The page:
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Sunday, December 15, 2013

The Marks of Cancer

There is a lot of talk among folk with cancer, breast cancer in particular, about living with its scars. Women with breast cancer sometimes have their breasts removed - some of them have reconstruction, the bolder among them do not. A new claim is being made in a recent commercial that women have a special, life-long relationship to their breasts. The implicit message is that having them removed is particularly costly psychologically.

Although I think this notion of having a special relationship to one's body parts is beyond ludicrous, I understand that having a part of you removed or cut into is very difficult to cope with. When this happens, your body becomes something of an object to you. There comes to be an explicit delineation between the physical self and the mind self when one has surgery, or serious a condition/illness, so much so that some people talk about feeling as if their body has betrayed them - like it has a mind of its own and that one day it decided, "Hey! I think I'll grow some deadly cancer cells today! You think Ruth will be upset? Well, f@ck her! Yeah!"

Anyway, after my most recent surgery, I was thinking of all of the scars I have collected in the last three + years. Since no one in their right mind wants to see my scars for real, I have created a cartoon so you can see the marks that cancer has left. Know that before cancer, I had only been in the hospital overnight once for a kidney stone and twice to have my children; hence, the expression on Cartoon Ruth's face:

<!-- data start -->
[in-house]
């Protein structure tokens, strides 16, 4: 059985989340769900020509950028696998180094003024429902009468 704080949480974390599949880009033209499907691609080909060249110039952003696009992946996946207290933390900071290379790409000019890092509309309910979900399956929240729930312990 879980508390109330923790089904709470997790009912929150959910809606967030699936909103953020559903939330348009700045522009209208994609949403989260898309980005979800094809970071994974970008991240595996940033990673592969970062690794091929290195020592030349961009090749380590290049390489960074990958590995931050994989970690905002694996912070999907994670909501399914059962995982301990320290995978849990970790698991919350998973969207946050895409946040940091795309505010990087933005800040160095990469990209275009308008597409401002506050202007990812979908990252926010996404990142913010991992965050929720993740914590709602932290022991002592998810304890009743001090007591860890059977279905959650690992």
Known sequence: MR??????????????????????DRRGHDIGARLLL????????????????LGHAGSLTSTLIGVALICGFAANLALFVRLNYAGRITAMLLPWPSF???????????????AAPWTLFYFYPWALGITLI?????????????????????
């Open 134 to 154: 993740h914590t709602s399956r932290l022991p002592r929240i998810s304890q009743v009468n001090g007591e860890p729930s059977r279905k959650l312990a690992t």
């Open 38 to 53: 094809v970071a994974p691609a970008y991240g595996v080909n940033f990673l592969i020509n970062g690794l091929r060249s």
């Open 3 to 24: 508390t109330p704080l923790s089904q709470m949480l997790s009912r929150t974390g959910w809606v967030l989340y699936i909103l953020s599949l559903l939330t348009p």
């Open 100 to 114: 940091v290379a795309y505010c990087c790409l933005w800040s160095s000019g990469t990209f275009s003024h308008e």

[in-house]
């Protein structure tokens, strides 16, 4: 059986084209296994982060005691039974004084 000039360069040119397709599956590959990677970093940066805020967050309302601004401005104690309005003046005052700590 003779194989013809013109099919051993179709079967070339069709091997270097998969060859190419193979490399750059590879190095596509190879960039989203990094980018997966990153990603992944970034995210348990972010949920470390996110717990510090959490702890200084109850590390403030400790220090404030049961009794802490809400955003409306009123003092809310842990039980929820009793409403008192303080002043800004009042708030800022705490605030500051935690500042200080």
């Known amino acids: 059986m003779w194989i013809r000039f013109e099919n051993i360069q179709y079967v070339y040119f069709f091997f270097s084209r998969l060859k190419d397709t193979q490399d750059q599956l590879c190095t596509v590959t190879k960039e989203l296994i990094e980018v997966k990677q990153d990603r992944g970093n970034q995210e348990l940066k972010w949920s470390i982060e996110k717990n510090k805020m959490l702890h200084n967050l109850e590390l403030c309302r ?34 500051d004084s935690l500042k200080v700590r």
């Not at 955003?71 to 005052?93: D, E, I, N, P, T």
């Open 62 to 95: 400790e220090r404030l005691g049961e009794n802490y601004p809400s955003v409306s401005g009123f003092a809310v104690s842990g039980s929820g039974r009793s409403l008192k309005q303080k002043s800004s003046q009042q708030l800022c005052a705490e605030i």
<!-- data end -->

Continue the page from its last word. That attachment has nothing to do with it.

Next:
I do not have a special life-long relationship with my breasts (It would be very one-sided if I did as they don't have much to contribute). What I do have is a life-long desire to have a healthy mind and body. These scars that I carry, just like those who have breast surgery, do remind me of my cancer every day and that's hard. But each scar functions, in a way, like a tattoo (shout out K-A). Like a tattoo, each scar is a memory on the scrapbook of my body. Each reminds me that without it I would probably be dead already. Each reminds me of how much my mind and body can handle while continuing to function well and happily. Each also reminds me of each person who has helped me through these challenges, be it my doctors and nurses, my friends, or my family. What a lovely thought...

                ....I'd rather have the tattoos.

1 comment:

  1. You are a true survivor/warrior and I salute you for your courageousness! Love you, Ruth, so proud to have you as a niece!